Eric Smith

My name is Eric Smith. I am a musician, composer, and a loving family member. I am also a recent graduate of the University of Texas at San Antonio in psychology, magna cum laude. I am currently beginning my master’s degree in social work.

But years back, while struggling with bipolar disorder (later misdiagnosed as schizophrenia) my medications had bad side effects and were not working. It appeared I would never rebuild my life, let alone recover.

Assisted Outpatient Treatment (AOT), along with clozapine, helped save my life.

In 1997, at age fourteen, I was first diagnosed with bipolar disorder. In hindsight, it was clear I needed medical care for my mental illness, but neither I nor my doctors realized how serious my illness was. Able to function well enough, I convinced my doctors that hospitalization was not necessary. In my mid 20’s, I experienced an extreme manic episode. At that point, I was hospitalized for the first time.

For years, I was on the receiving end of much trial-and-error, exemplified by a long list of failed medications. All of the other anti-psychotics, benzodiazepines, anti-depressants, SSRIs, and other medications had failed to treat my diagnosed disorders. In 2011, while I was hospitalized, and as a last-ditch effort of sorts, my doctor prescribed clozapine.

Clozapine may not work for everyone, but for me, it felt like nothing short of a miracle. Today, it is now the only psychiatric medicine I require. I have been in full recovery from bipolar disorder on clozapine for almost eight years.

I was discharged from the hospital (for the third and final time) on clozapine, and then entered into San Antonio’s groundbreaking Assisted Outpatient Treatment program (for the third and final time). The program required me to meet with a judge a few times per month to track my progress, as I continued to build on my recovery. The goals of these hearings included ensuring I was taking my medication as prescribed, and evaluating my mental health, confirming that I still no longer required hospitalization.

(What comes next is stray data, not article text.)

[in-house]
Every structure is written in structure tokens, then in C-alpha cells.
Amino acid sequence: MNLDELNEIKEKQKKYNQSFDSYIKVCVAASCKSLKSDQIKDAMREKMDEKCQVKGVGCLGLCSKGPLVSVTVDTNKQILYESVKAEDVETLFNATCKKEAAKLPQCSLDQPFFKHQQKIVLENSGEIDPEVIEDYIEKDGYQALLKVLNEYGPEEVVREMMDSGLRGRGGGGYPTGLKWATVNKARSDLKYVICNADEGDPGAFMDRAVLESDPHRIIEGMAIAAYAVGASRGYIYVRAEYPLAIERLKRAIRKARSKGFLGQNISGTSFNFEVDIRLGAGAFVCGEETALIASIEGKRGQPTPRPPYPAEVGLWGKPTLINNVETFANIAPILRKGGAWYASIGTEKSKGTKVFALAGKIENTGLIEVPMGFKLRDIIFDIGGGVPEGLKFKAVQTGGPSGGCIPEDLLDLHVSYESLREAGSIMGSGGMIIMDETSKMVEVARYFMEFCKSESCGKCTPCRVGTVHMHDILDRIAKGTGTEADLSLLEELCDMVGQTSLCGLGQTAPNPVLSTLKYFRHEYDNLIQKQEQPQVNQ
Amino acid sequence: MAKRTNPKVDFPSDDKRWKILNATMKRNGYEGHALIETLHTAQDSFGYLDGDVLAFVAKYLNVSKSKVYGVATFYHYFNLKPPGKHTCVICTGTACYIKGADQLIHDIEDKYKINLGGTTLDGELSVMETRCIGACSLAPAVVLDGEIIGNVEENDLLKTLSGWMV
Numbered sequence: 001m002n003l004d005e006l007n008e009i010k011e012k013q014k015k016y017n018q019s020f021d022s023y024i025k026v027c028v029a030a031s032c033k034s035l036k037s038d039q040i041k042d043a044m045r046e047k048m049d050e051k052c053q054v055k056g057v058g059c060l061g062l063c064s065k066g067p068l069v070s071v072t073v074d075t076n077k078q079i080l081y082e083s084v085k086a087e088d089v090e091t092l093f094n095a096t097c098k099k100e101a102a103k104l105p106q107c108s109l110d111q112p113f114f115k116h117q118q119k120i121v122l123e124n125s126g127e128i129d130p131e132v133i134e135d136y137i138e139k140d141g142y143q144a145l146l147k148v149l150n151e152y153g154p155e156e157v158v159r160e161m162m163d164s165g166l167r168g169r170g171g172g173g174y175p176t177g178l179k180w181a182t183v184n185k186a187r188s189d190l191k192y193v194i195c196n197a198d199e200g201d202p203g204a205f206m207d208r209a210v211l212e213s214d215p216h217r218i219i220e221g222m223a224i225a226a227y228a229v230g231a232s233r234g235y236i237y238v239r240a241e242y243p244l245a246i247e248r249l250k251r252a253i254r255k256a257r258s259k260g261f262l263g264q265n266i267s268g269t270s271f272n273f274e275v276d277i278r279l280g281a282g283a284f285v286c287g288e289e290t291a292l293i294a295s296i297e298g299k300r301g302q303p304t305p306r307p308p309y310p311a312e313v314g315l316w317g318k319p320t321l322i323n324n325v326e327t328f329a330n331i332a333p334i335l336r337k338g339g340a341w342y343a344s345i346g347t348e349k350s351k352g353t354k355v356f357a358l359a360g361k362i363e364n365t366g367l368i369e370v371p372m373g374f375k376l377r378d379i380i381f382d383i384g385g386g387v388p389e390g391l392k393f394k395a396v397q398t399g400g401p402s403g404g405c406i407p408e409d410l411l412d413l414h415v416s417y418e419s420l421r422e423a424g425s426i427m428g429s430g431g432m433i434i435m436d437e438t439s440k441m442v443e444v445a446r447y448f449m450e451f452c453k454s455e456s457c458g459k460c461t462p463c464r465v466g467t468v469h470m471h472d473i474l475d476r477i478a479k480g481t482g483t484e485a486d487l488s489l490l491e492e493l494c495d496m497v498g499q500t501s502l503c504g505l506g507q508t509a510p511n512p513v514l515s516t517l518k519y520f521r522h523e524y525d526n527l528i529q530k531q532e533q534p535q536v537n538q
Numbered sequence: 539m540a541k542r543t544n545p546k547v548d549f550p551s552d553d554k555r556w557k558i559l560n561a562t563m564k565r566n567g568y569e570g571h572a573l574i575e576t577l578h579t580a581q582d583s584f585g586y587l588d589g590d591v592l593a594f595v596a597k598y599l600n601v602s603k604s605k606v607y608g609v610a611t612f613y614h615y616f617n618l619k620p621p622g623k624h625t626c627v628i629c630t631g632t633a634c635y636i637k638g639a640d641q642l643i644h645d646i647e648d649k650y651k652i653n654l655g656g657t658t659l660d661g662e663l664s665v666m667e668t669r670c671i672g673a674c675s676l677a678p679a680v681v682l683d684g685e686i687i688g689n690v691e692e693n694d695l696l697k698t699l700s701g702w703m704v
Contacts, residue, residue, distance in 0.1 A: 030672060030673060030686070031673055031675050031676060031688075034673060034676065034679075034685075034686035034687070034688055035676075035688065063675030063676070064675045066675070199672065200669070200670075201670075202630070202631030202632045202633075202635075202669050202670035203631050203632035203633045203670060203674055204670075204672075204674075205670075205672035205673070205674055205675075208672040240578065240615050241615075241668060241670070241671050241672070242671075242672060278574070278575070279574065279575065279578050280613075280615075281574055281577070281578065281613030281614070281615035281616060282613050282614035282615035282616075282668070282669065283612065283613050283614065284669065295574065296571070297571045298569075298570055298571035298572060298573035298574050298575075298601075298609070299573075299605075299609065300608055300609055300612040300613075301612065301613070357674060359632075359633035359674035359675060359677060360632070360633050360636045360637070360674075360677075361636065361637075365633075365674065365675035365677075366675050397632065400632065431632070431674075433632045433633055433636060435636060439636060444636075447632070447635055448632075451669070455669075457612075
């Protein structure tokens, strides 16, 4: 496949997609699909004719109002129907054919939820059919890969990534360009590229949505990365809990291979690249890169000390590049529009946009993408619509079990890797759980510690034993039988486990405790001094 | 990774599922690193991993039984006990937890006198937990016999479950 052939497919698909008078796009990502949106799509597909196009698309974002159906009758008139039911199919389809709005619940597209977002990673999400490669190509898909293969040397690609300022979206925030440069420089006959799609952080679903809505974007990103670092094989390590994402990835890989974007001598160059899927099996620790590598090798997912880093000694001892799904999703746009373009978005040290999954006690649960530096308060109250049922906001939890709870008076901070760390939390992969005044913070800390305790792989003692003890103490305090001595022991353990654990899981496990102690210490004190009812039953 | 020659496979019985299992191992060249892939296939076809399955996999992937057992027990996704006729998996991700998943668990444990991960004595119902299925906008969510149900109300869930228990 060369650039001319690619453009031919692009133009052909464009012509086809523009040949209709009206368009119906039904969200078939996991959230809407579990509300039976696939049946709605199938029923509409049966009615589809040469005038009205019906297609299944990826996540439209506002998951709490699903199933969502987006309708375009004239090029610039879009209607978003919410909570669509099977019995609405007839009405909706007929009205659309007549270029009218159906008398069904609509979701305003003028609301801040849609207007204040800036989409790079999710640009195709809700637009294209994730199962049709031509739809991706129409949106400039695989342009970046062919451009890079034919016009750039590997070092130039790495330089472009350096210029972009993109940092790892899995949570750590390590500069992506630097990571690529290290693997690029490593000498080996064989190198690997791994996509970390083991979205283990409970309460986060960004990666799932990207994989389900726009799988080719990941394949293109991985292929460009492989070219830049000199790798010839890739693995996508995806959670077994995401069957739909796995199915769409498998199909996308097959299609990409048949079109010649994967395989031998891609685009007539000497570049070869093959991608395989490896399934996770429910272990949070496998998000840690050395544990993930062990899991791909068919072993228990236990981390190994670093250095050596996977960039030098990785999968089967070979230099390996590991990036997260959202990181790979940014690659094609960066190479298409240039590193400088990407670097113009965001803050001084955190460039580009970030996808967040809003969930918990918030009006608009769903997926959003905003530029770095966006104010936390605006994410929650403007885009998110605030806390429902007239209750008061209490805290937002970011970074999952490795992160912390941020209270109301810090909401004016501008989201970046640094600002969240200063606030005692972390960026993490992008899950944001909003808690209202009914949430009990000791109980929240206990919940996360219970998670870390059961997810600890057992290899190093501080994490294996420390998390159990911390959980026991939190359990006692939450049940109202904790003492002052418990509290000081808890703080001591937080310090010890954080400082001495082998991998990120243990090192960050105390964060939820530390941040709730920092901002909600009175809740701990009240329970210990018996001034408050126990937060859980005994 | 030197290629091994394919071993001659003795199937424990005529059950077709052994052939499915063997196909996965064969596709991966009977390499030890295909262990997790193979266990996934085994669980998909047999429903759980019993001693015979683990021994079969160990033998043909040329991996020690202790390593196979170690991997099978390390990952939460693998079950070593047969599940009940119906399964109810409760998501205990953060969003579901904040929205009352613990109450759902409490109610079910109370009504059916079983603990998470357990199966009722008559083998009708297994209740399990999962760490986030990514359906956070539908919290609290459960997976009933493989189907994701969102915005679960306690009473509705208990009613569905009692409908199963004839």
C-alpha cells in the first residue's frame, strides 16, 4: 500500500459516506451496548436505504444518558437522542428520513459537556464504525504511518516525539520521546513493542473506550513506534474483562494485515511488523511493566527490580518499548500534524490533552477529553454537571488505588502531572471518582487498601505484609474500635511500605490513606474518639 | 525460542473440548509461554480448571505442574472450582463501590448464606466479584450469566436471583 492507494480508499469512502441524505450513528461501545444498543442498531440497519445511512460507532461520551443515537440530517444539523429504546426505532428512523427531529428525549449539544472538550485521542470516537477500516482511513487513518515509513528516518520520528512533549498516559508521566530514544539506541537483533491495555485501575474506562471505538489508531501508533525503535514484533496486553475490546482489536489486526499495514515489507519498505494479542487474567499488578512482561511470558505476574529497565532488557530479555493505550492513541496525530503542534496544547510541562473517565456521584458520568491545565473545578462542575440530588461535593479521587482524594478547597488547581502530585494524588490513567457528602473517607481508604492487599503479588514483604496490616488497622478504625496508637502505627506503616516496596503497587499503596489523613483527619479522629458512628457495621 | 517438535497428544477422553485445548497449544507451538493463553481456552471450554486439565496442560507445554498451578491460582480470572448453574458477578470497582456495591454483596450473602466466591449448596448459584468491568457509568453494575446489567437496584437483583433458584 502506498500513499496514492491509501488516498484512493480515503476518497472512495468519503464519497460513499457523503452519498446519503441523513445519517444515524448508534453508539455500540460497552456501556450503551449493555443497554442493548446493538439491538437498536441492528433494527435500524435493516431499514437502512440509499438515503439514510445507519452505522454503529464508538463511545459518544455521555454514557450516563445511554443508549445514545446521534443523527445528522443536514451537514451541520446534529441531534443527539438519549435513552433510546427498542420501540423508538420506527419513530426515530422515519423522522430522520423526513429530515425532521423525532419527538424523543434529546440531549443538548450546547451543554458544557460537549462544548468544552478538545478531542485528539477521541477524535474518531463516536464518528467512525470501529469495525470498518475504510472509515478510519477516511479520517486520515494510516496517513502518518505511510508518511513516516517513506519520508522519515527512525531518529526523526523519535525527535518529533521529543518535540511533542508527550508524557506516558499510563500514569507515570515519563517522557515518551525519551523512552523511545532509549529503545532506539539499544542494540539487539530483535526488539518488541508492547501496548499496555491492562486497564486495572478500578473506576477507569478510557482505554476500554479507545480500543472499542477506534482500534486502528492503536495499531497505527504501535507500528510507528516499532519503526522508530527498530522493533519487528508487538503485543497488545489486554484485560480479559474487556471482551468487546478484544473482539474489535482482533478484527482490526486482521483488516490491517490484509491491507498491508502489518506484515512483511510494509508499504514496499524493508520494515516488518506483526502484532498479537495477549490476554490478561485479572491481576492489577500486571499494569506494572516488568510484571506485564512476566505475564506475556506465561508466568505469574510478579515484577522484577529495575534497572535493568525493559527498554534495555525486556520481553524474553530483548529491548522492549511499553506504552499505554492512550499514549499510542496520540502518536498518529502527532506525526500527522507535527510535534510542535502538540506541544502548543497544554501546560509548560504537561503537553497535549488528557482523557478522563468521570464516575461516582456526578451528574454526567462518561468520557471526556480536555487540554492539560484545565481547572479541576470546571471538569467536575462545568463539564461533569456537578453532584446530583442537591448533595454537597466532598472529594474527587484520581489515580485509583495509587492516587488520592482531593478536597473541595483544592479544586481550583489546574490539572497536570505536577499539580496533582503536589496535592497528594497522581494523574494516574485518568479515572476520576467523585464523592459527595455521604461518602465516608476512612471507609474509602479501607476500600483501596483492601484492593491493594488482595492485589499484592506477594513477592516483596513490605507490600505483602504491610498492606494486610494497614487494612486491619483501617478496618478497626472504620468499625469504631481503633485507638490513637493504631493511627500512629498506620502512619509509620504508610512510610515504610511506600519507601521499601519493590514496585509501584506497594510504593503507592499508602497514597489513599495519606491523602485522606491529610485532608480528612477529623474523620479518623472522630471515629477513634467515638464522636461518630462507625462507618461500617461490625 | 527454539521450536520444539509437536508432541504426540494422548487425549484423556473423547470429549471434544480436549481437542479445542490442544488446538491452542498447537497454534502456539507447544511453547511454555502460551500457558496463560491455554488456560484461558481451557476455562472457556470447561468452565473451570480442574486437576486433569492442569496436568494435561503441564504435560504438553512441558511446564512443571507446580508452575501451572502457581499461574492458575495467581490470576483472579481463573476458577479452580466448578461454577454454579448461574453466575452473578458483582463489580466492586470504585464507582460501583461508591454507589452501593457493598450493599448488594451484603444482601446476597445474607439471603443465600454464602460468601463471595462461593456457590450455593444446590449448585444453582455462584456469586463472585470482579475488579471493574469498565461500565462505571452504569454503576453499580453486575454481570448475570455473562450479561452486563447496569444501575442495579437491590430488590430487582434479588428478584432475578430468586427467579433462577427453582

Today, I credit the AOT team with enabling me to regain my health and life. The complimentary, symbiotic relationship between the judge, doctor, and the rest of the AOT treatment team completely changed my view of managing mental illness. This was the beginning of my realization that I should take ownership of my treatment. The way the AOT treatment team cared about me, and the fact that I finally found a medication that worked made me want to follow through on my medical care without needing to be court-ordered to do so. My AOT treatment team went from being a champion of my mental health and well-being to teaching me how to be my own champion.

In the days leading up to my first psychiatric hospitalization, I was incarcerated for an entire month because of non-violent behavior stemming from an acute psychotic episode. While I was in jail, I was denied mental health treatment. I did not receive needed care for my mental illness until I was finally transferred to a hospital as part of a court order.

In jails and prisons, persons with serious mental disorders often do not get any treatment at all, which was my experience. But I also believe that this type of care should not take place in jails and prisons, but in the community, and/or in hospitals. Jails and prisons are not designed to be providers of mental healthcare, nor should they be. Being mentally ill is not a crime. I see the real crime as the act of incarcerating those who need treatment for serious mental illness. Often times, these individuals would never have been jailed had it not been for behavior stemming from the illness.

The beauty of AOT is now something I have the capacity to more fully appreciate. Without AOT, I would, at best, be living under a bridge somewhere, consumed by mental illness, but perhaps more likely than that, I would probably be dead. (Death is a tragic reality for many people suffering from serious mental illness who do not receive the life-saving care provided by programs like AOT, and medicine.) AOT and clozapine took me from a path of delusion and danger to becoming an accomplished, habitual honors student.

Today, as I continue my pursuit of becoming a mental health professional, I hope to give back to the community. I am thankful for the second chance at life afforded to me by AOT and clozapine. Additionally, I thank the Treatment Advocacy Center for its role in promoting and strengthening AOT-related programs and laws, and I thank the CURESZ Foundation for championing AOT and clozapine.

Eric’s interview on NPR